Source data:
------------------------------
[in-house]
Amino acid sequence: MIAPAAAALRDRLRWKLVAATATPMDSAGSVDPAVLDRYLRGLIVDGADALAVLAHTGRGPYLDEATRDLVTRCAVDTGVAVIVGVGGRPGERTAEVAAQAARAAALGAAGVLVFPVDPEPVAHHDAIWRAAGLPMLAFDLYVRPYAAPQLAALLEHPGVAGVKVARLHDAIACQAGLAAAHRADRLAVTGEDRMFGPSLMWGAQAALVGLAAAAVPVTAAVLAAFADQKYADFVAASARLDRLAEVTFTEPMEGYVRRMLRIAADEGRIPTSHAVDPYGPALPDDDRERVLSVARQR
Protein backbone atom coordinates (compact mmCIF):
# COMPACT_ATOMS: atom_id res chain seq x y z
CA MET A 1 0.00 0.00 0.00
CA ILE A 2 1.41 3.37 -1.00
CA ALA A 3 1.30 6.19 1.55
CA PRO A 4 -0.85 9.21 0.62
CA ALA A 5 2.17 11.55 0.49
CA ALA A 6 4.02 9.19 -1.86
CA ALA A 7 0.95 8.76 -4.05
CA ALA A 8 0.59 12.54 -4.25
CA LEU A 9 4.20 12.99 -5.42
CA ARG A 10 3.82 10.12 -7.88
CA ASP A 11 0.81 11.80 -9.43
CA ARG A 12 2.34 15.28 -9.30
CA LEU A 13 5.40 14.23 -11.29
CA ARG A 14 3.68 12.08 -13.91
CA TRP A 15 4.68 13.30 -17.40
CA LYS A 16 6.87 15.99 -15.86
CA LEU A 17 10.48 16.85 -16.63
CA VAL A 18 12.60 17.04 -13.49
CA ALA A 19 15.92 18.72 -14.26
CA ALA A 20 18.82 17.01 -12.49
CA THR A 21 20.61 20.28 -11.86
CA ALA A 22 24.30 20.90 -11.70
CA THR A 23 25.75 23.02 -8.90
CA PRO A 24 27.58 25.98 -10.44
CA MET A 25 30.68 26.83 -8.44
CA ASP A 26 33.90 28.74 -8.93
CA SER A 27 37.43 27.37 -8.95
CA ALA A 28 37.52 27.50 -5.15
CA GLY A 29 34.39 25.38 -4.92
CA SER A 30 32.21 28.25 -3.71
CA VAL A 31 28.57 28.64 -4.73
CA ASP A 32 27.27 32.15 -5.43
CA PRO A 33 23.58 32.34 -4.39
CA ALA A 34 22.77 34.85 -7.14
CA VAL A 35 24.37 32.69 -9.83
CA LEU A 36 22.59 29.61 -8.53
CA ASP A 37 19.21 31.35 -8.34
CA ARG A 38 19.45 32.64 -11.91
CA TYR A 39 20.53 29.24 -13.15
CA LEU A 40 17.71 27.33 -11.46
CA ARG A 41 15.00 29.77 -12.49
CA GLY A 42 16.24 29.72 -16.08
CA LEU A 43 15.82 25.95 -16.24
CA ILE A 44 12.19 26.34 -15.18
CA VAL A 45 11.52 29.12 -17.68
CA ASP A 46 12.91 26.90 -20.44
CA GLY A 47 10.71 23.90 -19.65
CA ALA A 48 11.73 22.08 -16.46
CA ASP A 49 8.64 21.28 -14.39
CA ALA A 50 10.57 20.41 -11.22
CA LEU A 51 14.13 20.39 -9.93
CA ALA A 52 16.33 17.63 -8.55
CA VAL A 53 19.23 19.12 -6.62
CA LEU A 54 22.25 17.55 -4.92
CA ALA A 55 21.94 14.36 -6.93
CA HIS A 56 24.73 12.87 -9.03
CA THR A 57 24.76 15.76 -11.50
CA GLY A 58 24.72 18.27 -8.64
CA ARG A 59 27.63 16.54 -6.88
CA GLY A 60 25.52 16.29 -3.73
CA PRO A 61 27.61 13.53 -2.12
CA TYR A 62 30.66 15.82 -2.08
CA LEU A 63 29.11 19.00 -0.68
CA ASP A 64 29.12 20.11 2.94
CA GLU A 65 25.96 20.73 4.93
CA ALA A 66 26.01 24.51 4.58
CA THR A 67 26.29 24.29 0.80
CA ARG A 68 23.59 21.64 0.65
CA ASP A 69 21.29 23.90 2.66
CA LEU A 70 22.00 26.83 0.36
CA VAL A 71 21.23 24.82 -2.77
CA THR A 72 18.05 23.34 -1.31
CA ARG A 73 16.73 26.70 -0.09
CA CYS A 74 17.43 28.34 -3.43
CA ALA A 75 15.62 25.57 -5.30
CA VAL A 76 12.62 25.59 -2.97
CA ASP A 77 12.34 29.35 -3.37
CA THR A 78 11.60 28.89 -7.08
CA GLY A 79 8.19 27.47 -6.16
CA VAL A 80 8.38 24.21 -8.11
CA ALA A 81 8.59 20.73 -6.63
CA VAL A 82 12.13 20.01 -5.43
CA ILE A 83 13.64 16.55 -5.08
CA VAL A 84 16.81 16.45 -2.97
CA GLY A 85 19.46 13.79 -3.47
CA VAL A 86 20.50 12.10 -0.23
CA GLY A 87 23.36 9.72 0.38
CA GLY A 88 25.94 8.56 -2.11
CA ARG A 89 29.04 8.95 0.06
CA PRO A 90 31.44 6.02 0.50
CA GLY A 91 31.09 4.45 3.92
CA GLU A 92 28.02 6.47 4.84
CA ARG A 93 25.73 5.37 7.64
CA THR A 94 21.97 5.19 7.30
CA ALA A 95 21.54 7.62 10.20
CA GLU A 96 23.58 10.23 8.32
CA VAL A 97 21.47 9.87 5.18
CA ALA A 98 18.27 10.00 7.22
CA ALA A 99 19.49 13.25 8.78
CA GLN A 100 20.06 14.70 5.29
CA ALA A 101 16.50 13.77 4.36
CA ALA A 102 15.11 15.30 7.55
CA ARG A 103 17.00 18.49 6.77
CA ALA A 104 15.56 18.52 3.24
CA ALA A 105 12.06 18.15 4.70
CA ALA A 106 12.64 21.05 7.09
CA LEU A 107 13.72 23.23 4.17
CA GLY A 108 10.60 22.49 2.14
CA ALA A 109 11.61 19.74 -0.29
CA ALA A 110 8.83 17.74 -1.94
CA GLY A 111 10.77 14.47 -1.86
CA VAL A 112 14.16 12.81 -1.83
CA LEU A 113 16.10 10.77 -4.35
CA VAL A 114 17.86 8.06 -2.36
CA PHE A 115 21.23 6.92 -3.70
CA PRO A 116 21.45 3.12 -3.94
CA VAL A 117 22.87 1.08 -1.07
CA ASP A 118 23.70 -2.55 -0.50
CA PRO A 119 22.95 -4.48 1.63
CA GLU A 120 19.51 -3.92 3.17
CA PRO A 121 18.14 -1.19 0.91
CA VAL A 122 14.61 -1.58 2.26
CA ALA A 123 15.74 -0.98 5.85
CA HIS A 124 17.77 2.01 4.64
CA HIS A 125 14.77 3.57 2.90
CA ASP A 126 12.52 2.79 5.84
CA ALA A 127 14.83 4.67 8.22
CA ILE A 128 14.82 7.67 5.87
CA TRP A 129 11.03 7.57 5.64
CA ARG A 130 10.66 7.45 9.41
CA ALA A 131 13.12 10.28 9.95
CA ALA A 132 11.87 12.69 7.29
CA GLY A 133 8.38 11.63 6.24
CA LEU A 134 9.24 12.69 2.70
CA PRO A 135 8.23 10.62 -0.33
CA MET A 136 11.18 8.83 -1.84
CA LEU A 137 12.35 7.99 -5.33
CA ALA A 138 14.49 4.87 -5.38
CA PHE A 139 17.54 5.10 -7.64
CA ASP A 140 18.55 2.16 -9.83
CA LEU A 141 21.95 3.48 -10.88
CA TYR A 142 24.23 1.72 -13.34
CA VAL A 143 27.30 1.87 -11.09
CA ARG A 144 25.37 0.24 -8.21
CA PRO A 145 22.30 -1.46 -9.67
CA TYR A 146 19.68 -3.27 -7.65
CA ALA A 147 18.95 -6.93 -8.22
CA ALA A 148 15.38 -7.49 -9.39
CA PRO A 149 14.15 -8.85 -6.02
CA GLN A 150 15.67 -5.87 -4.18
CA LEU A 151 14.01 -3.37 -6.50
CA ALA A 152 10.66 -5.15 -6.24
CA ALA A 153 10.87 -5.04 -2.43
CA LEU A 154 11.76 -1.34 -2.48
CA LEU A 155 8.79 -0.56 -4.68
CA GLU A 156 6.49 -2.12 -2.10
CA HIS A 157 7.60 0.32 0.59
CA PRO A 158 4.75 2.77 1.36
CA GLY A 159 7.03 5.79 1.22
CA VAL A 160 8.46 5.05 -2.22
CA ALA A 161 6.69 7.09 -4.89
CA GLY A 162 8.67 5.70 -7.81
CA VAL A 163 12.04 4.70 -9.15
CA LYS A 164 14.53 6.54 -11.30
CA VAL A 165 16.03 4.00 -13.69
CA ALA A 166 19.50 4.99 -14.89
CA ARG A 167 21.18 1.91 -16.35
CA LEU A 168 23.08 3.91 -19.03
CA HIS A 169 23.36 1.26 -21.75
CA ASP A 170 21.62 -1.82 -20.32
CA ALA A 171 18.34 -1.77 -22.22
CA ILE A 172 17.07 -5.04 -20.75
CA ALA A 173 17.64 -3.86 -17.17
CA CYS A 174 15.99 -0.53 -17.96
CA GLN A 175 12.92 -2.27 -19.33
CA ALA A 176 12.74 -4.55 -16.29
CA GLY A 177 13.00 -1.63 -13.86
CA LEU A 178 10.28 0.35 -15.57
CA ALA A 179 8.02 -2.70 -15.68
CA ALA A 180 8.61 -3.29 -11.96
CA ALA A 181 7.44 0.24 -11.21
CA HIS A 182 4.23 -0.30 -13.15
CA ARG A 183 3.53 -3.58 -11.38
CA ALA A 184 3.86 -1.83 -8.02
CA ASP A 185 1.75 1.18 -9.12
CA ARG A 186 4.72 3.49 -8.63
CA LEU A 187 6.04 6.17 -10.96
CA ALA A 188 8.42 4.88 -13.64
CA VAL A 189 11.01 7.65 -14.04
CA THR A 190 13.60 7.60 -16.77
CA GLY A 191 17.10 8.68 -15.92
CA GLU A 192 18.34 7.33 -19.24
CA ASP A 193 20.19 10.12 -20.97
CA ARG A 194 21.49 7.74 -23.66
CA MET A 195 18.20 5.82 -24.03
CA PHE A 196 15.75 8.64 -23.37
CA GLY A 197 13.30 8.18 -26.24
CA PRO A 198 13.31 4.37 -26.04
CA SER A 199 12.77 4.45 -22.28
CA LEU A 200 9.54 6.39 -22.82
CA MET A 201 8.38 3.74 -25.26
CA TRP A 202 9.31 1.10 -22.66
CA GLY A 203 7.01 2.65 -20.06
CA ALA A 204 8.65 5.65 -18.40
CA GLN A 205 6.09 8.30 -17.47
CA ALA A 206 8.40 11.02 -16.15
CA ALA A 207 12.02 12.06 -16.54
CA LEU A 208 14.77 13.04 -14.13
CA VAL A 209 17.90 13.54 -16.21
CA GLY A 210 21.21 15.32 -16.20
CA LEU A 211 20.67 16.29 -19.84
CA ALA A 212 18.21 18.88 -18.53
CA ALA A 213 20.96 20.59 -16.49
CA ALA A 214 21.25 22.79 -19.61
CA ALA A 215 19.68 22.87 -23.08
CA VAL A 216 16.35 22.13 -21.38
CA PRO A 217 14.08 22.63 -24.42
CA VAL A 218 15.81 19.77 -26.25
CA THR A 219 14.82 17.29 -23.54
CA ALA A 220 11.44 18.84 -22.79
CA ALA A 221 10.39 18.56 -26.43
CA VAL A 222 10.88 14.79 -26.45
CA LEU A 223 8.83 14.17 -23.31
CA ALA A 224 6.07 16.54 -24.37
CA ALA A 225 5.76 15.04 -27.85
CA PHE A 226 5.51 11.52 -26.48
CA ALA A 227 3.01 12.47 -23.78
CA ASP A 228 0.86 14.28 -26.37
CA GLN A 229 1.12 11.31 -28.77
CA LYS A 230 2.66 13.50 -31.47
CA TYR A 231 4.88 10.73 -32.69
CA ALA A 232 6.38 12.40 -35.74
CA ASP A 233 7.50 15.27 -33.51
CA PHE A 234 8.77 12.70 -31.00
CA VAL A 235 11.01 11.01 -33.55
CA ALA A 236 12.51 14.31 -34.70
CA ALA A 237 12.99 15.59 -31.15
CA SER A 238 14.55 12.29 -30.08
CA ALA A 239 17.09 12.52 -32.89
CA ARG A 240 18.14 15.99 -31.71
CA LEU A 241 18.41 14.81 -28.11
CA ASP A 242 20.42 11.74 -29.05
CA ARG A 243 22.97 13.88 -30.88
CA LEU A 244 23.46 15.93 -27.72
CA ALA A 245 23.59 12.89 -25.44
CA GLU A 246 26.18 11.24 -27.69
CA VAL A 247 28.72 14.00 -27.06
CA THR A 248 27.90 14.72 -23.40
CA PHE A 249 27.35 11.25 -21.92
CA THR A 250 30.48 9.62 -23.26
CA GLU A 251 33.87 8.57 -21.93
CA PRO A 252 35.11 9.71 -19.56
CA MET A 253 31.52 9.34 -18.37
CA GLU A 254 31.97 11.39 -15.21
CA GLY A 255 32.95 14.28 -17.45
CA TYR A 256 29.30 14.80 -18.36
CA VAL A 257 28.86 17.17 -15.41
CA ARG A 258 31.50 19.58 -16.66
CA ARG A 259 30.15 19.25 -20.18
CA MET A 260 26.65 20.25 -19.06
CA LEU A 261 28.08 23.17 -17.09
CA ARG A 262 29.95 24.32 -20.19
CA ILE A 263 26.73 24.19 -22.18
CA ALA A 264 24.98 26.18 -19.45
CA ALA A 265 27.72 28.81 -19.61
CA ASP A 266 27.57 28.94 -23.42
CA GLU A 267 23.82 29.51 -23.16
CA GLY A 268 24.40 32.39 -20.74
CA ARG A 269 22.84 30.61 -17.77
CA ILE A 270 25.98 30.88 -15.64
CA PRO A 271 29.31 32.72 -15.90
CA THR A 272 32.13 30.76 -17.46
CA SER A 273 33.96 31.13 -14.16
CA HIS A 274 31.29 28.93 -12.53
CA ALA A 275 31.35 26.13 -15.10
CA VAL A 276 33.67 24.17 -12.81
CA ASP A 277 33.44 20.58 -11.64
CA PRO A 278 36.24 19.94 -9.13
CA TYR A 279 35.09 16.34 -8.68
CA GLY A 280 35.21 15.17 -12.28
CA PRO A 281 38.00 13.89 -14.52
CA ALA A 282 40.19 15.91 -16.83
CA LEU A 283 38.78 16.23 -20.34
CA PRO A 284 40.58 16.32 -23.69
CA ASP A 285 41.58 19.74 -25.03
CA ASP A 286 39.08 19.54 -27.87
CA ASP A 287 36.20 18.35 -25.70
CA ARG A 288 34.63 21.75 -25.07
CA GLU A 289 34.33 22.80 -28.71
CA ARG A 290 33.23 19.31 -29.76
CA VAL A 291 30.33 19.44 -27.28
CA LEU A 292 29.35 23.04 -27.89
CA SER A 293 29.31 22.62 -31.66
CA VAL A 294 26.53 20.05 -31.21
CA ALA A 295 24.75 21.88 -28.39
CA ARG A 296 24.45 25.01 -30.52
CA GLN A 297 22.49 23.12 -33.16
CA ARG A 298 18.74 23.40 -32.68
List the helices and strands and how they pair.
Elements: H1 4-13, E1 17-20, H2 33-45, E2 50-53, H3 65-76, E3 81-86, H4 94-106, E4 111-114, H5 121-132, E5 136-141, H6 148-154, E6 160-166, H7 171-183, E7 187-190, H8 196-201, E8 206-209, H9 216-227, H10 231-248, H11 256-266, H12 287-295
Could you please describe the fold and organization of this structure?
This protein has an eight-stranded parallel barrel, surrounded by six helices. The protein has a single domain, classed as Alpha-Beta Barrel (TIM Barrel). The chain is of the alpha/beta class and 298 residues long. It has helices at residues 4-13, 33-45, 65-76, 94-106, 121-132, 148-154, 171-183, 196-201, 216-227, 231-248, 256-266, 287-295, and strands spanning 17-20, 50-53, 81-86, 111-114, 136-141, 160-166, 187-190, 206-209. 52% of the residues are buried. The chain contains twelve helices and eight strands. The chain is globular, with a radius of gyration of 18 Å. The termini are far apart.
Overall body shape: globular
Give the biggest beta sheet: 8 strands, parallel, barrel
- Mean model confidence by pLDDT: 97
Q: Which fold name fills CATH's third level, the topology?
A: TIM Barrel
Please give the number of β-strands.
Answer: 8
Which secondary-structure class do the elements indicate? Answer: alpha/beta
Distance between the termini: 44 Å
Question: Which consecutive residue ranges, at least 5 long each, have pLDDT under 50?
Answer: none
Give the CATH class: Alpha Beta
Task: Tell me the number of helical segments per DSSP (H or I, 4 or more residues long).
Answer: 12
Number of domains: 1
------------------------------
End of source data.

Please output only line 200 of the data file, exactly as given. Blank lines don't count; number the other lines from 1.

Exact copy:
CA PHE A 196 15.75 8.64 -23.37